"Fifteen years after the tobacco settlement, this year’s report finds that states continue to spend only a miniscule portion of their tobacco revenues to fight tobacco use. The states have also failed to reverse deep cuts to tobacco prevention and cessation programs that have undermined the nation’s efforts to reduce tobacco use."
The Robert Wood Johnson Report says that "States are falling far short of recommended funding levels for tobacco prevention programs set by the U.S. Centers for Disease Control and Prevention (CDC). The $481.2 million the states have budgeted this year amounts to just 13 percent of the $3.7 billion the CDC recommends for all the states combined. It would take less than 15 percent of total state tobacco revenues to fund tobacco prevention programs at CDC-recommended amounts in every state."
You can read much of the legal minutiae, history and intricacies of the tobacco settlement at the National Association of Attorneys General.
The outcome all of the above tells is that a lot of lawyers have become very wealthy in prosecuting the tobacco manufacturers. The suits put many southern farmers out of business, as well as closing at least one of the major tobacco companies.
In addition, states are not using the settlement revenue for its originally intended purpose. Once again, those paying onerous taxes on tobacco have been taken for a ride with the shades pulled. Why, then, is it right for states to ignore the rules when the lowly tobacco user must obey and pay the price?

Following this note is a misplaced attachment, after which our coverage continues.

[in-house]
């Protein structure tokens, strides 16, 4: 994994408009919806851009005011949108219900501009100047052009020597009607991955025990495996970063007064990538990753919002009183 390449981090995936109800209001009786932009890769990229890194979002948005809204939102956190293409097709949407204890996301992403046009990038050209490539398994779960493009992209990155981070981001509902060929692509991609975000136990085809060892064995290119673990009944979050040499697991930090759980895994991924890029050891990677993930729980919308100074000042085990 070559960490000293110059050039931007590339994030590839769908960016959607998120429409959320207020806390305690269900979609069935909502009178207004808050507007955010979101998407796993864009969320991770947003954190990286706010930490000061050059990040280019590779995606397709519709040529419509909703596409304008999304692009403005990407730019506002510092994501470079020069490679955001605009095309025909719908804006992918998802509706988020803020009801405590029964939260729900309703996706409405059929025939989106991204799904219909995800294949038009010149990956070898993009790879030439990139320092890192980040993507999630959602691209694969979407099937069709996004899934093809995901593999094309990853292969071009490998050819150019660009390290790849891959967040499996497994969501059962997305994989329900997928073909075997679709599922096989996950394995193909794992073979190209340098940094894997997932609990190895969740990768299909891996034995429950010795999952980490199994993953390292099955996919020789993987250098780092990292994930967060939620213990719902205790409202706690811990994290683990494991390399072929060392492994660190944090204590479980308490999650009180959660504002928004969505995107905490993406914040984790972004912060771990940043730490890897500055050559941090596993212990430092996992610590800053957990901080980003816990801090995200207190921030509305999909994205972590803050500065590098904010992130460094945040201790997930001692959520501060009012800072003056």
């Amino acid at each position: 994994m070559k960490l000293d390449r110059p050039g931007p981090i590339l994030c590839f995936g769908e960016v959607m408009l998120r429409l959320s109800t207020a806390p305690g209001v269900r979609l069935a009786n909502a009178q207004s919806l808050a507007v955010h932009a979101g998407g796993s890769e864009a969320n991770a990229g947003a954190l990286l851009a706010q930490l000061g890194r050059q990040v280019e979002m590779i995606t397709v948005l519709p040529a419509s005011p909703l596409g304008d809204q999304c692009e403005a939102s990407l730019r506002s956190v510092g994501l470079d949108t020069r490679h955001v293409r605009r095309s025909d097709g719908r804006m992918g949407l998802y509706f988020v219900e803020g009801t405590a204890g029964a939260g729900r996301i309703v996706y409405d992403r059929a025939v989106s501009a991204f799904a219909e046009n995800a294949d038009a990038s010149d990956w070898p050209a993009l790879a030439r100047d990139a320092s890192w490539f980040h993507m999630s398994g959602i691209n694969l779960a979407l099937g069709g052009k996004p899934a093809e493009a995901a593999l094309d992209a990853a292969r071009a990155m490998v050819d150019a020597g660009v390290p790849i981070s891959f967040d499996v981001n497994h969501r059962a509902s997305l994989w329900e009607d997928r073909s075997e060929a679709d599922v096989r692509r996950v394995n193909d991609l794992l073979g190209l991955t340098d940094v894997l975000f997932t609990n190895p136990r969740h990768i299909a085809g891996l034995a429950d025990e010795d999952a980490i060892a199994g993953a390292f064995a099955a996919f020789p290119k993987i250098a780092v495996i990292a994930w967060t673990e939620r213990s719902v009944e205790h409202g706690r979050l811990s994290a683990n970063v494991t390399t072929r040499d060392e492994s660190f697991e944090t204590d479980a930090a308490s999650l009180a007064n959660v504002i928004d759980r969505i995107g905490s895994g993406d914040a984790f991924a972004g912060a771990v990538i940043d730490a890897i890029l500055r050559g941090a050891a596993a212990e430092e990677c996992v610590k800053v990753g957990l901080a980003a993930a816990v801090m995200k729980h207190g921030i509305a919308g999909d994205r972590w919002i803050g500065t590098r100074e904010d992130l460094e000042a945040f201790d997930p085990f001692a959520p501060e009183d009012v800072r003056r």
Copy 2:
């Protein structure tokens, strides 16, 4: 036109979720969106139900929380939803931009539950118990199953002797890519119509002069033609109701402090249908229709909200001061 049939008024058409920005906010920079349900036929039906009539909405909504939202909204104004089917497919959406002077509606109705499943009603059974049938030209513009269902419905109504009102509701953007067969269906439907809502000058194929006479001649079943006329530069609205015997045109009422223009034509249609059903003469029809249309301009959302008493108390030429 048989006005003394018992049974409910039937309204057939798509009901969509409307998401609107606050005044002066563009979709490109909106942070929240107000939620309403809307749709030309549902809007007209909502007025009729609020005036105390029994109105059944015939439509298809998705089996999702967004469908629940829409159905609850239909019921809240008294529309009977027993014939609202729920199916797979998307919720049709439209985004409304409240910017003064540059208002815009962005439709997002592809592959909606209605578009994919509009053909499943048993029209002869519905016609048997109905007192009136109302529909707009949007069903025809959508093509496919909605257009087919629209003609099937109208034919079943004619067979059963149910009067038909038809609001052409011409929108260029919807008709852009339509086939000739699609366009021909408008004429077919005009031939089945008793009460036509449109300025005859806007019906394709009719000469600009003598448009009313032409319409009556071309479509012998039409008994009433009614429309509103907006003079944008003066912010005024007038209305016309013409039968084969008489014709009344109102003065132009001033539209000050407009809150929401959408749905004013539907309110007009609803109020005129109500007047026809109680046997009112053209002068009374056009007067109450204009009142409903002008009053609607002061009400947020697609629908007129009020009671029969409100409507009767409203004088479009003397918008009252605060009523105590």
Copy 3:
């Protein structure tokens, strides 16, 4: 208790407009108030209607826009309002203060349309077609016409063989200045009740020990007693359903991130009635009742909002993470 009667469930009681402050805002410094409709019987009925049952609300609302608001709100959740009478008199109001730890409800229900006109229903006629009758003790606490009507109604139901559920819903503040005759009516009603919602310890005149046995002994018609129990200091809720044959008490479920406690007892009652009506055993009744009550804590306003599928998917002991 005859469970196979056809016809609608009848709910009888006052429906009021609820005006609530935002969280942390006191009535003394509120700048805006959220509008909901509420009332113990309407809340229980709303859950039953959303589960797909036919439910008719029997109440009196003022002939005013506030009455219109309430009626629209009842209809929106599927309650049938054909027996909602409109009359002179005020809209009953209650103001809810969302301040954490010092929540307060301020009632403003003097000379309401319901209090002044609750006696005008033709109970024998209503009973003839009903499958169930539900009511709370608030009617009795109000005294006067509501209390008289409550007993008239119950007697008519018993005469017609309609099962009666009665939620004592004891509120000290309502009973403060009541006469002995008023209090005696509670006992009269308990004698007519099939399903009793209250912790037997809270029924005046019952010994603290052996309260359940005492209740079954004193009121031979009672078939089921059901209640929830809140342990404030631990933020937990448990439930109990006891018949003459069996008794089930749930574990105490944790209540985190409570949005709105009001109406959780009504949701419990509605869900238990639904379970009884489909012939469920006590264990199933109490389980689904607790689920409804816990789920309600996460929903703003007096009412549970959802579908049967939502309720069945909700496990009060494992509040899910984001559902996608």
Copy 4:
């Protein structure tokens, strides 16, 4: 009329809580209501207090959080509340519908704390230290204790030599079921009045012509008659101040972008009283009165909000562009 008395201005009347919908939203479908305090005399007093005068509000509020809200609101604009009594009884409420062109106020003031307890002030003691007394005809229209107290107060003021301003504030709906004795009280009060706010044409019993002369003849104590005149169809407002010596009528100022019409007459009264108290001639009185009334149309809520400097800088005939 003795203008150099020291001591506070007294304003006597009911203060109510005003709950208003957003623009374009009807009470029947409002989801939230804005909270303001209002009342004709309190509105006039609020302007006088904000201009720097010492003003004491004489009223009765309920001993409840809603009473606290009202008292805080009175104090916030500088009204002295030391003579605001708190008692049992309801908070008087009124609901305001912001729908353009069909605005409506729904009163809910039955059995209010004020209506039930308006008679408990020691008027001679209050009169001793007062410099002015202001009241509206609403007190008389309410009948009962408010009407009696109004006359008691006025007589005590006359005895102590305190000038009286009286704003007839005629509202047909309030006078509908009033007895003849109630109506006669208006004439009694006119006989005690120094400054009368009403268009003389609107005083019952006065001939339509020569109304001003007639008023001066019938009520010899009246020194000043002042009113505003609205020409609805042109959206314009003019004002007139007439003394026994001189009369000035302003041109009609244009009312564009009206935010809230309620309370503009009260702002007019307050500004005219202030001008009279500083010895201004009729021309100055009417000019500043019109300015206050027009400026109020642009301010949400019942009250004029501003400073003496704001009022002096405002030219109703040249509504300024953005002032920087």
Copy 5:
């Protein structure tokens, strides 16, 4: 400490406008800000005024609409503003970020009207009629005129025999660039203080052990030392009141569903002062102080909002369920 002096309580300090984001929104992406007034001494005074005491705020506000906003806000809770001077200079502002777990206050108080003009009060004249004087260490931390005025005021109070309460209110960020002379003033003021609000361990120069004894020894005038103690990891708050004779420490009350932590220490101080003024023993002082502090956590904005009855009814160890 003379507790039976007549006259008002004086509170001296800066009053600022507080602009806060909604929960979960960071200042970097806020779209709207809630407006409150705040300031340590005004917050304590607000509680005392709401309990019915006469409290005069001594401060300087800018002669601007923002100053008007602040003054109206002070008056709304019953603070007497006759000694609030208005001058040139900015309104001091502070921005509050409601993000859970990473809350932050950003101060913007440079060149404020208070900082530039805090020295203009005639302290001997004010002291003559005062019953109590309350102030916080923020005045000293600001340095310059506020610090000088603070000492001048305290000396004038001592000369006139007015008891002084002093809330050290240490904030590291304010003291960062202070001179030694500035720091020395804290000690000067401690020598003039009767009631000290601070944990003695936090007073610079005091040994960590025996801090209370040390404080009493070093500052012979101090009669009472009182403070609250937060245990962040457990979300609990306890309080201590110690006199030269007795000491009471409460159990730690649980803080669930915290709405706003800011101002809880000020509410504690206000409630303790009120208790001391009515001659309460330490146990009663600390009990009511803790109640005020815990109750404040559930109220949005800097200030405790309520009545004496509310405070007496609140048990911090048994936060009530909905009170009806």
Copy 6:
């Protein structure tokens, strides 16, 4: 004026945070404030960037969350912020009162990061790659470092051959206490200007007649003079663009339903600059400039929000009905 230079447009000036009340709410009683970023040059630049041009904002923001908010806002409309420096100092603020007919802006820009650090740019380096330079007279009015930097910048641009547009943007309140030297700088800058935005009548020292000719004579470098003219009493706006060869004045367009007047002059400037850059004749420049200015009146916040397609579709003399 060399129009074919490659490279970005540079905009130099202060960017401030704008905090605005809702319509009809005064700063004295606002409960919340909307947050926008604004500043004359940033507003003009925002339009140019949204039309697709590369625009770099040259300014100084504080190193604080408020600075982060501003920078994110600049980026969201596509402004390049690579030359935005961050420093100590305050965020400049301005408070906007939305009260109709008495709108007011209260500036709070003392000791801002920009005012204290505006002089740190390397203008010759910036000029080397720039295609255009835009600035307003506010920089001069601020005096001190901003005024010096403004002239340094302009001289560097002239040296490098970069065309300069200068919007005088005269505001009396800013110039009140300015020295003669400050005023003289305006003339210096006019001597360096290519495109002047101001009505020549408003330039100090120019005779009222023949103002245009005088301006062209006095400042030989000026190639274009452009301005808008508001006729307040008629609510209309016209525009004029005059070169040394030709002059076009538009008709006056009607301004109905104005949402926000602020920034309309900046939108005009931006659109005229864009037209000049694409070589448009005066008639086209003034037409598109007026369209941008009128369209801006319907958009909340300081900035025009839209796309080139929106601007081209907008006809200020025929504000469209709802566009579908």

The action of the AGs also shows another dark side of the equation: Why is pipe tobacco—which has been proven to be treated differently by pipe tobacco manufacturers than cigarette tobacco in its altered process—viewed with such disdain and being removed from pharmacy shelves when the ingredients for methamphetamine are allowed to remain?
And, in case you have been on another planet, meth is an epidemic, especially in the South. Meth labs spring up like mushrooms. However, meth is no longer the biggest problem. Prescription drugs (uh, which you have to get at "drug" stores) are out of control in most counties in the U.S.
Why are some products, such as computer air dusters, candies (the hard, colorful tabs in long packages), and other common products found on pharmacy shelves allowed to remain when it is known that children are "snorting," or "huffing" them, if the aim is to protect the public from itself?
As for the cans of common aerosolized computer keyboard cleaner that contains compressed gas, or computer compressed air dusters, the practice of inhaling the air is called "dusting." They are right there for the purchasing at your local office supply store. It can kill, of course, and they also can damage the lungs, brain, heart, kidneys and liver, and even cause death.
The computer cleaners contain Freon gas, which is a fluorinated hydrocarbon. It is very dangerous to snort or huff, since it fills the lungs and blocks out oxygen.
So, if the AGs are going to single out tobacco, especially pipe tobacco, why not go after the big chemical manufacturers, big pharma, and others who produce these "over the counter" products that kids can walk in and purchase without restriction and without their parents’ knowledge.
Would it have to do with big money made quickly?